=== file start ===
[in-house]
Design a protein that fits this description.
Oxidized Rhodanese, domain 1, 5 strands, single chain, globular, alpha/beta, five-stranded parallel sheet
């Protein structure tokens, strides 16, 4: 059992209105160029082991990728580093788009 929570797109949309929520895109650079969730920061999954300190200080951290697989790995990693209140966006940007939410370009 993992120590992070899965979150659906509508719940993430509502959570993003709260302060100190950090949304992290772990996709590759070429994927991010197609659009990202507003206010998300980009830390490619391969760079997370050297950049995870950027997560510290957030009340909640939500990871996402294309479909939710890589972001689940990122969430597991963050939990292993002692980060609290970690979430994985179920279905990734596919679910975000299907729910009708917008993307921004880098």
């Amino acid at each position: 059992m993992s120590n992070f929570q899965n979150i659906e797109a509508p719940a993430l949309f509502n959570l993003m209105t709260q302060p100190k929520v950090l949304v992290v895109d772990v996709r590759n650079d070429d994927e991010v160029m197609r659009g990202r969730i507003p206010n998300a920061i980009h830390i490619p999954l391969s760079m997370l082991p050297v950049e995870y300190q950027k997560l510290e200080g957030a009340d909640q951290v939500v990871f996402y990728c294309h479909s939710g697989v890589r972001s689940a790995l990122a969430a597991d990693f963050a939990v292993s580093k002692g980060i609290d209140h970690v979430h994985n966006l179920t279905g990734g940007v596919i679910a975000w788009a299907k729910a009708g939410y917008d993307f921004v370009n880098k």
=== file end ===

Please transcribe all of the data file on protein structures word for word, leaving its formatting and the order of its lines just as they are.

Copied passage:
[in-house]
Design a protein that fits this description.
Oxidized Rhodanese, domain 1, 5 strands, single chain, globular, alpha/beta, five-stranded parallel sheet
């Protein structure tokens, strides 16, 4: 059992209105160029082991990728580093788009 929570797109949309929520895109650079969730920061999954300190200080951290697989790995990693209140966006940007939410370009 993992120590992070899965979150659906509508719940993430509502959570993003709260302060100190950090949304992290772990996709590759070429994927991010197609659009990202507003206010998300980009830390490619391969760079997370050297950049995870950027997560510290957030009340909640939500990871996402294309479909939710890589972001689940990122969430597991963050939990292993002692980060609290970690979430994985179920279905990734596919679910975000299907729910009708917008993307921004880098």
């Amino acid at each position: 059992m993992s120590n992070f929570q899965n979150i659906e797109a509508p719940a993430l949309f509502n959570l993003m209105t709260q302060p100190k929520v950090l949304v992290v895109d772990v996709r590759n650079d070429d994927e991010v160029m197609r659009g990202r969730i507003p206010n998300a920061i980009h830390i490619p999954l391969s760079m997370l082991p050297v950049e995870y300190q950027k997560l510290e200080g957030a009340d909640q951290v939500v990871f996402y990728c294309h479909s939710g697989v890589r972001s689940a790995l990122a969430a597991d990693f963050a939990v292993s580093k002692g980060i609290d209140h970690v979430h994985n966006l179920t279905g990734g940007v596919i679910a975000w788009a299907k729910a009708g939410y917008d993307f921004v370009n880098k």